A lesson for Guelph: How Port Colborne deals with keeping taxes low and gets the job done

Posted March 30, 2014

Our friend Brent Beam picked up the following report on the Port Colborne website that explains how that city manages its taxation of citizens.

It’s report that the Guelph administration and citizens should note. It proves that a municipality does not have to increase property taxes annually above the Consumer Price Index (CPI) to meet its agenda.

Call it serious and careful management of the citizen’s treasure and its ability to pay its taxes.

Published on the Port Colborne city website – February 13, 2014

Less than the price of one Big Mac is what it will cost the average Port Colborne homeowner more this year in blended property taxes.

The city’s chief administrative officer, Bob Heil, said Wednesday afternoon that for a typical home assessed at $170,380, it will be roughly a $4 tax increase for the year.

That’s a dollar less than the McDonald’s fare, fries not included.

Tuesday night city councillors unanimously approved a tax levy of just under $13.8 million, representing a 3.73% city tax hike.

But when assessment growth is factored in, plus a sizeable drop in education taxes (3.83%) and forecast reduction at the regional level that includes a base shift to the north, the net levy for Port Colborne comes in at just 0.14%.

Heil gave plenty of credit to the city’s 125 full-time equivalent workers who in recent years have been focused on saving taxpayers money.

“Every day staff are trying to find ways to do ‘it’ with less costs,” he said.

That’s as simple as saving small bucks on paperclips or thousands on vehicle replacements.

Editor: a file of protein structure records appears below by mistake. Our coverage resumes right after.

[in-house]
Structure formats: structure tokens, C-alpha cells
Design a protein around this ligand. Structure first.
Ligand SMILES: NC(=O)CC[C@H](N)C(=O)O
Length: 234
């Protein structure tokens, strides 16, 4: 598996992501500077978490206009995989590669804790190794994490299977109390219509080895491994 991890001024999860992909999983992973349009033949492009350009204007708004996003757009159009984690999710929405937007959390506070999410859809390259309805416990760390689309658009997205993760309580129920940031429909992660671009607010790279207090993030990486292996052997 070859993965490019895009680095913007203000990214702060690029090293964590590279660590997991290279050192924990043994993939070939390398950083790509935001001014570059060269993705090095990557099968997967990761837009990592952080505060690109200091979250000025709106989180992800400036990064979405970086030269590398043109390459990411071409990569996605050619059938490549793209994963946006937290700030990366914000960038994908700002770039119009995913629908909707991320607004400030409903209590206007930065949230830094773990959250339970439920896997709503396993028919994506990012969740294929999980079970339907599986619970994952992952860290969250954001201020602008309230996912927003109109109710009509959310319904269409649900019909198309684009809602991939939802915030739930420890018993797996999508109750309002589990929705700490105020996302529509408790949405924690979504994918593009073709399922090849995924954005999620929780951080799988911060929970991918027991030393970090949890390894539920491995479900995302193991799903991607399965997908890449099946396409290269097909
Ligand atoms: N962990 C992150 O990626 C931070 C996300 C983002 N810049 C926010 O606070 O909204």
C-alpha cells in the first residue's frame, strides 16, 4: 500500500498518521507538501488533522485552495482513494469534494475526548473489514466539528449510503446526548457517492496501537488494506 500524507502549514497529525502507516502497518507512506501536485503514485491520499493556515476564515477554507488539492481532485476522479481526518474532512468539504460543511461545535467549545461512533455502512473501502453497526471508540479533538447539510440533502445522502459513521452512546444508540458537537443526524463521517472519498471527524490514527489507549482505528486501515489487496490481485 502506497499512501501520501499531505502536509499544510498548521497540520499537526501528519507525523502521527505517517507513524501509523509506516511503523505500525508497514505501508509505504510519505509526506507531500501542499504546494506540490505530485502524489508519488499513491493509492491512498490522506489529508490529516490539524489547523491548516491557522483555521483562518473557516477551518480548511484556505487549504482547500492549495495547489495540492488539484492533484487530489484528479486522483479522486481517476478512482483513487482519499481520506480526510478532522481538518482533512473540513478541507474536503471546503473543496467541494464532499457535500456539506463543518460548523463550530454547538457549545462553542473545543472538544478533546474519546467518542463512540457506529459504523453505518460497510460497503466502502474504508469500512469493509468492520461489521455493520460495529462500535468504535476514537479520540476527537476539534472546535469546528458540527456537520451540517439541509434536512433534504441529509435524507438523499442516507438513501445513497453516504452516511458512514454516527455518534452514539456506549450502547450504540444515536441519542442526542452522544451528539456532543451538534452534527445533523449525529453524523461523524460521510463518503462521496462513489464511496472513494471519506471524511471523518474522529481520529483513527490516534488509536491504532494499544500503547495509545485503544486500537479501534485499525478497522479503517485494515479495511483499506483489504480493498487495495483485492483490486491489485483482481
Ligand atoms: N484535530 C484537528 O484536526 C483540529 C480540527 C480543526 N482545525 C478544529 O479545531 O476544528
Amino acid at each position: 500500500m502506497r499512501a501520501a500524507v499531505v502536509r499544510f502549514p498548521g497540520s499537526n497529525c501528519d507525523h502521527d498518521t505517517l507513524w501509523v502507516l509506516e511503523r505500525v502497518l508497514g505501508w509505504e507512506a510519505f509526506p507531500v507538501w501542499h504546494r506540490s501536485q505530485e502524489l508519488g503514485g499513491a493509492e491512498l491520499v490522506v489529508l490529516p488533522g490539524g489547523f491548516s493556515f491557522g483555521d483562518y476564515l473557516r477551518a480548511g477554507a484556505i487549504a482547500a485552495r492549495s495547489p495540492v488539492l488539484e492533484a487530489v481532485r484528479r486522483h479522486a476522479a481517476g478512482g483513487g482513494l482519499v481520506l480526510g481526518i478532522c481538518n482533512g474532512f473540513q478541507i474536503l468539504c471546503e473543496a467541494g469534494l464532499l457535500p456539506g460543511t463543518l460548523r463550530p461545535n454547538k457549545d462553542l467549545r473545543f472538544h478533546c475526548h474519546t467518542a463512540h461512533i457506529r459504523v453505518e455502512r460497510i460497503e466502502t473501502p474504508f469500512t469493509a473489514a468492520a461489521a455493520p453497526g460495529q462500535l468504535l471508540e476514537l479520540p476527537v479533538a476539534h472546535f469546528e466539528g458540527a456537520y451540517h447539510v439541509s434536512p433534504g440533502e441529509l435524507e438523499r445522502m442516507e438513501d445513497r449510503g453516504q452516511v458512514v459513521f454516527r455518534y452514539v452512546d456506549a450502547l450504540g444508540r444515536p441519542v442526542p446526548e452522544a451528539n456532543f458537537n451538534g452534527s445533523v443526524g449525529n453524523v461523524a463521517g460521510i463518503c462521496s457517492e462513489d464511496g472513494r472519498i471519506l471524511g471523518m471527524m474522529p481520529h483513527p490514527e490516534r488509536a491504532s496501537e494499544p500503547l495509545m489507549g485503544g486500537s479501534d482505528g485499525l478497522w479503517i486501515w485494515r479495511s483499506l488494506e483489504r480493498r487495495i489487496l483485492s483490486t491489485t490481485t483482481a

“This is the best team I’ve worked with,” Heil said.

City staff were working toward a directive from city councillors to keep costs in line with inflationary costs. But Heil noted that’s not always simple – the price of diesel for the city’s fleet of plows is one example of how things fluctuate over the course of a year.

“There are always challenges, you lose revenue, things change.”

Mayor Vance Badawey, too, championed his municipal employees for working toward a common goal.

He said the 2014 budget “reflects a very, vibrant, healthy, active community.”

And it’s one that starts to show the “payback” on major capital investments in recent years, such as for Vale Health and Wellness Centre and the Lock 8 skatepark.

He said the city is now in the position that it can shift its focus toward enhanced services and programs for residents.

And new this year, the city has set aside funds in the budget to ensure Port Colborne’s voice is “injected” into the province’s $26-million planning review for a new south Niagara hospital, and the related components of a promised urgent care centre.

Badawey said costs continue to be kept in check by also remaining committed to core responsibilities, such as reinvestment in roads, sidewalks and sewers, “versus trying to be everything to everybody.”

Way to go Port Colborne! It is a refreshing attitude that could well be adopted by our city administration. Wishful thinking won’t make it happen, only political will can do the job.

 Guelph citizens will have the opportunity this October 27 to vote for a council that will have the political will to make the necessary changes. It is the time to return power to the people and not the minority ideologues who have been running Guelph for almost eight years.

 

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